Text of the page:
Fishing with father

SANDUSKY When it comes to fishing, Trey Burris can almost do it all. Almost.
Cory Frolik
May 24, 2010



When it comes to fishing, Trey Burris can almost do it all.


The 4-year-old Sandusky boy knows his way around a tackle box and usually has no problem handling a slimy, struggling catfish or sheepshead. Issues only arise when a fish has too much fight in it.

"I caught one once and it slipped out of my hands," Trey said.

With each passing year, Trey gets a little bit better at the sport, which equates into a little less help his father, Hollis Burris, has to provide him.

Hollis said he still has to cast the line for his son because Trey will simply throw the rod and that means "dad's swimming out to get it." Sometimes Hollis also has to help with the reeling. That's only because there are fish in Sandusky Bay nearly as strong as Trey.

"There's fish that are weigh as much as him," Hollis said. "The 22-inch sheepshead (he caught last year) was as long as he is."

During the Sandusky Elks Lodge's annual Kids Fishing Derby on Sunday, it was clear Trey wasn't the only fishing-pro-in-the-making at Shoreline Park. About 49 children signed up, many of whom demonstrated patience beyond their years.

Whereas many young children cannot sit still -- which translates into poor fishing technique because they constantly fiddle with their line -- 5-year-old Emma Canino had the activity down pat.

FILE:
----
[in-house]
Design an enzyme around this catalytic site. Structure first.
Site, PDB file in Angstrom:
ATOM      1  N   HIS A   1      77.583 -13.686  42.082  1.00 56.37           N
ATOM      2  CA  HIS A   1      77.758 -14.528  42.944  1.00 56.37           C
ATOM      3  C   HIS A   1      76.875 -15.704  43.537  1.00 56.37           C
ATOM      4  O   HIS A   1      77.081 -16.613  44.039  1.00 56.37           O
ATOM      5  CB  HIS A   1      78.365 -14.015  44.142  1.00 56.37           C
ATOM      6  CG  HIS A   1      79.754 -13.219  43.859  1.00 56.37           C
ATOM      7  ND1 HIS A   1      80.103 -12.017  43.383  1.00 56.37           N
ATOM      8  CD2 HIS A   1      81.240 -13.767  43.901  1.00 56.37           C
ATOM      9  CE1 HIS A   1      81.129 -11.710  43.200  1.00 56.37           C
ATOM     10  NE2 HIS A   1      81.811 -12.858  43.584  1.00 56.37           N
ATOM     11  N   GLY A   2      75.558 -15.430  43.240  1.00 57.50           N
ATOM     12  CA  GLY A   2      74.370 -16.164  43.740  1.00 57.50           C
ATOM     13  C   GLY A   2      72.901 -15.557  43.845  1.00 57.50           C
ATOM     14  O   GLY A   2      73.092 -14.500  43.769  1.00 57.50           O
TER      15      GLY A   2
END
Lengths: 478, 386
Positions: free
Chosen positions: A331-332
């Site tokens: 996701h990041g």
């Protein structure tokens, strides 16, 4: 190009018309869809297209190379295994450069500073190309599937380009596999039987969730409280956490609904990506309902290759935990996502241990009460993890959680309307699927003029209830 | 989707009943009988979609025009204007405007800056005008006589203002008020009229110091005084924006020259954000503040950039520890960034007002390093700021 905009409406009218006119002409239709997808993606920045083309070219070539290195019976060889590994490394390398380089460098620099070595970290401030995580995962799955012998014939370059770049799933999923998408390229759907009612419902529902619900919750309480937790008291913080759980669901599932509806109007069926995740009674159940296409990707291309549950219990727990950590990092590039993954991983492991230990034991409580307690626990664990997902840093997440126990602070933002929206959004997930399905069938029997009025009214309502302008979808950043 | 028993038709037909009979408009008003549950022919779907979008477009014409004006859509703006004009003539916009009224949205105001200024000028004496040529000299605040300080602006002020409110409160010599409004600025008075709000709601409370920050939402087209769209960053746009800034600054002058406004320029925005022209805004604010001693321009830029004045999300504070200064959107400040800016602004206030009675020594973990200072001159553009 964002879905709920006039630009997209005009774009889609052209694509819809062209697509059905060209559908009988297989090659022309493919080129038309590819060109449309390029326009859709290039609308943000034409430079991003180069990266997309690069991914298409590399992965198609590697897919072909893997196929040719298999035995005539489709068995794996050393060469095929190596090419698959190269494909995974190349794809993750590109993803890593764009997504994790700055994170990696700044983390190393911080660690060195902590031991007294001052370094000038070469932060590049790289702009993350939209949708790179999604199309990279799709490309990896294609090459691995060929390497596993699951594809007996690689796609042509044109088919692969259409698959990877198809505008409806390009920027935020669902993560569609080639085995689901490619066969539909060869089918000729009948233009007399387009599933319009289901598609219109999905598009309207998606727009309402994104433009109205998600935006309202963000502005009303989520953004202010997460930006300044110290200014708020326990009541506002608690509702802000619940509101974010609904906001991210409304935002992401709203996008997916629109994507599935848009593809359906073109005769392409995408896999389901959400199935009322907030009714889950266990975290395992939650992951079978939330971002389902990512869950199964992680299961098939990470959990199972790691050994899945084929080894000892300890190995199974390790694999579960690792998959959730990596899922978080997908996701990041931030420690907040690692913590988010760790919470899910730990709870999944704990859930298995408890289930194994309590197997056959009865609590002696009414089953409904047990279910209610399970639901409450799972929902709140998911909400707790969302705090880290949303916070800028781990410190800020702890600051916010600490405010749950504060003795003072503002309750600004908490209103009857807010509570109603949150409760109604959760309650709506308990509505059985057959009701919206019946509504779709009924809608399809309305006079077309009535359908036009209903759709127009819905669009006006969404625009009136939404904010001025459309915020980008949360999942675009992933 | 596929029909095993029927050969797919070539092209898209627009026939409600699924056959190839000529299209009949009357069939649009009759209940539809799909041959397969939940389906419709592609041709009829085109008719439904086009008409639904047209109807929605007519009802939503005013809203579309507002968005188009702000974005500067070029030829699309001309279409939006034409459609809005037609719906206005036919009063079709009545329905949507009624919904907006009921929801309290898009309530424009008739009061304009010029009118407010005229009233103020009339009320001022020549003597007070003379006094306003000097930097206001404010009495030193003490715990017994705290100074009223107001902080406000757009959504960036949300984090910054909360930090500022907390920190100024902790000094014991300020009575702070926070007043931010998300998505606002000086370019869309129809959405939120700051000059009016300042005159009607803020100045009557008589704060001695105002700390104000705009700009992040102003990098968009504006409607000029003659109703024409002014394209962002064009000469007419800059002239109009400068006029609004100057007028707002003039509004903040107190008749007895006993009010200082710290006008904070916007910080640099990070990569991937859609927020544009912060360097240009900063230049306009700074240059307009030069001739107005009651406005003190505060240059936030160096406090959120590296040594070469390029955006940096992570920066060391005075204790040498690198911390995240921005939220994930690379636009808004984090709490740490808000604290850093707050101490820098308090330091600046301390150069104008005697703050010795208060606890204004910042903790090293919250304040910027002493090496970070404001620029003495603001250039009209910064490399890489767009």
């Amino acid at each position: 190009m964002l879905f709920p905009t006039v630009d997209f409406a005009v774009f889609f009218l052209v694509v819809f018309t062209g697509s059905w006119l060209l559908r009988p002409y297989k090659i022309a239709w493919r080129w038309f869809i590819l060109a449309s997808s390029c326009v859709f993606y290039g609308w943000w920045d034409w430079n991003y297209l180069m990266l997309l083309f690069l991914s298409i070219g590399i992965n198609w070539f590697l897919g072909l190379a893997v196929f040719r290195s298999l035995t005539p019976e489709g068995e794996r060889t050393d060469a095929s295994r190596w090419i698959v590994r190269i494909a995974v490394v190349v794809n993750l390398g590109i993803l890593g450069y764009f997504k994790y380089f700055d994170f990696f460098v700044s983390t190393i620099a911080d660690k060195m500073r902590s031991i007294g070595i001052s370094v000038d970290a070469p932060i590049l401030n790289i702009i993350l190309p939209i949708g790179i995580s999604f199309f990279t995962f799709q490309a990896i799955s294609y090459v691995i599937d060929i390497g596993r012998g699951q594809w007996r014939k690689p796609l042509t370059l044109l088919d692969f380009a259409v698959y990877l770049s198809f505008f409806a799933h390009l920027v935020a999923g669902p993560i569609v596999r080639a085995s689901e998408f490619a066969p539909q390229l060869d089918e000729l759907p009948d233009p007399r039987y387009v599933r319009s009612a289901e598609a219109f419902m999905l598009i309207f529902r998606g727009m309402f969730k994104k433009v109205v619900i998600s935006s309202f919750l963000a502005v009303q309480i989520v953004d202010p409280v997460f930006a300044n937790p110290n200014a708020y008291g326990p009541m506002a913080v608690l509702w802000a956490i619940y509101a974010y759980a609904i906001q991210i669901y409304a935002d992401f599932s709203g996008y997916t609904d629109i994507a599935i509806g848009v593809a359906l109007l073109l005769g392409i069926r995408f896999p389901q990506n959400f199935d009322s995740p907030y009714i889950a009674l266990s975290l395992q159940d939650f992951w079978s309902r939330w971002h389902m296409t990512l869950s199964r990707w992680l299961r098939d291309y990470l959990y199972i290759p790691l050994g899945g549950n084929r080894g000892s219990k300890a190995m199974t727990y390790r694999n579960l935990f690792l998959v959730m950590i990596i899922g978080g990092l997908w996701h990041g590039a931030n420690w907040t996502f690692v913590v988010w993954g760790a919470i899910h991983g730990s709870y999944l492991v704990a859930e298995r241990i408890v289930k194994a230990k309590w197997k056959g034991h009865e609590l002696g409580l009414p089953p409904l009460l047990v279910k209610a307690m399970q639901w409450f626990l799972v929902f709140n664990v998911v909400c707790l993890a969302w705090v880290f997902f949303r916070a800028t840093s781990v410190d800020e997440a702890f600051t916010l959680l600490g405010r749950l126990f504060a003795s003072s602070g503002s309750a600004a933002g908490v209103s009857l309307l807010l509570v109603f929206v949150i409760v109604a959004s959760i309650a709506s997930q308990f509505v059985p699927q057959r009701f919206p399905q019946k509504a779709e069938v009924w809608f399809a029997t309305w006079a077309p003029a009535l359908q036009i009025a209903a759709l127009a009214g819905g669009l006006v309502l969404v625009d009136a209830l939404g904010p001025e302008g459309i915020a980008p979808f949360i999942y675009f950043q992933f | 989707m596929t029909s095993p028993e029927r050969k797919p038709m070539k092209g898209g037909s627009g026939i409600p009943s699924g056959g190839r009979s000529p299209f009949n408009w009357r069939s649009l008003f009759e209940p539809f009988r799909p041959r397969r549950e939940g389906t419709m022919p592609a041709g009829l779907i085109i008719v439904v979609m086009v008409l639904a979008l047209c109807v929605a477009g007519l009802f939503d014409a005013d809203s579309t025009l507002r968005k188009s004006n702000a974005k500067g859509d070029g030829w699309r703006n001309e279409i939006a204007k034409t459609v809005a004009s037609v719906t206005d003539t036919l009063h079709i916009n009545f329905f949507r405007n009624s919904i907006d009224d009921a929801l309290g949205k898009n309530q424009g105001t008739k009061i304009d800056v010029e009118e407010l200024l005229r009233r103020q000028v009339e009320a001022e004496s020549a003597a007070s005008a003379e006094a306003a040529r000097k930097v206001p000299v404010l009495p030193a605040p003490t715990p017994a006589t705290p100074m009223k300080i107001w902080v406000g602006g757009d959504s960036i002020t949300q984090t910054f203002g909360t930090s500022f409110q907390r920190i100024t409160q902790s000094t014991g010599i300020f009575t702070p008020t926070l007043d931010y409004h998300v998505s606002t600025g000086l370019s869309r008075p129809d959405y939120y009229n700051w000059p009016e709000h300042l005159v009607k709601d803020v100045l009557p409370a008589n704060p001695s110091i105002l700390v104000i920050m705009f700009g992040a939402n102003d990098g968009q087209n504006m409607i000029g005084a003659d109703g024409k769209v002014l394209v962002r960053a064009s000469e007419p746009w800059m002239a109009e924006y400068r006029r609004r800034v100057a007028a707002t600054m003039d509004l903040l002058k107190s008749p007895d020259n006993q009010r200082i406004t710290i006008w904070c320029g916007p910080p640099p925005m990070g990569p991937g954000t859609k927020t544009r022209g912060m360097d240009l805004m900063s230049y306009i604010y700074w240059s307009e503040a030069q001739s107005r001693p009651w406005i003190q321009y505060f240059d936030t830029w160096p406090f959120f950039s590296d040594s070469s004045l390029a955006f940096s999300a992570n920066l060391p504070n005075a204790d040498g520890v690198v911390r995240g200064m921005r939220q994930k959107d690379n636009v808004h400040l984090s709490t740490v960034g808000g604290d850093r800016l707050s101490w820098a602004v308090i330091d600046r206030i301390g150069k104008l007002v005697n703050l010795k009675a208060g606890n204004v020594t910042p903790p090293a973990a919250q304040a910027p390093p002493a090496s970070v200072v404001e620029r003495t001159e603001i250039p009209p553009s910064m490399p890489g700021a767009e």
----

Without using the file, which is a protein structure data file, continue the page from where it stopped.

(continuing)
Holding a pink Barbie fishing rod, Emma waited for the fish to come to her. She wasn't going to force it.

Emma's patience has paid off in the past. In the five years her family has taken her to the Elks fishing derby, she's caught a fish every year, even though her father, 32-year-old Kevin Canino, did most of the grunt work for the first few years.

"She does almost everything. She'll pick up the worms. She won't grab the fish (off the hook) ... she's still a girl," her father said.

Barb Deming, 57, of Sandusky helped create the event about 20 years ago. Her husband is a member of the Elks Lodge 285.

The idea was to get kids hooked on fishing instead of drugs, Deming said.

"It's all free. We provide the bait, some of the poles and, in the end, everyone gets a prize just for showing up," she said.

The real payoff, she added, is that these children are introduced to a what hopefully becomes a lifelong passion. If not fishing itself, an appreciation for the outdoors.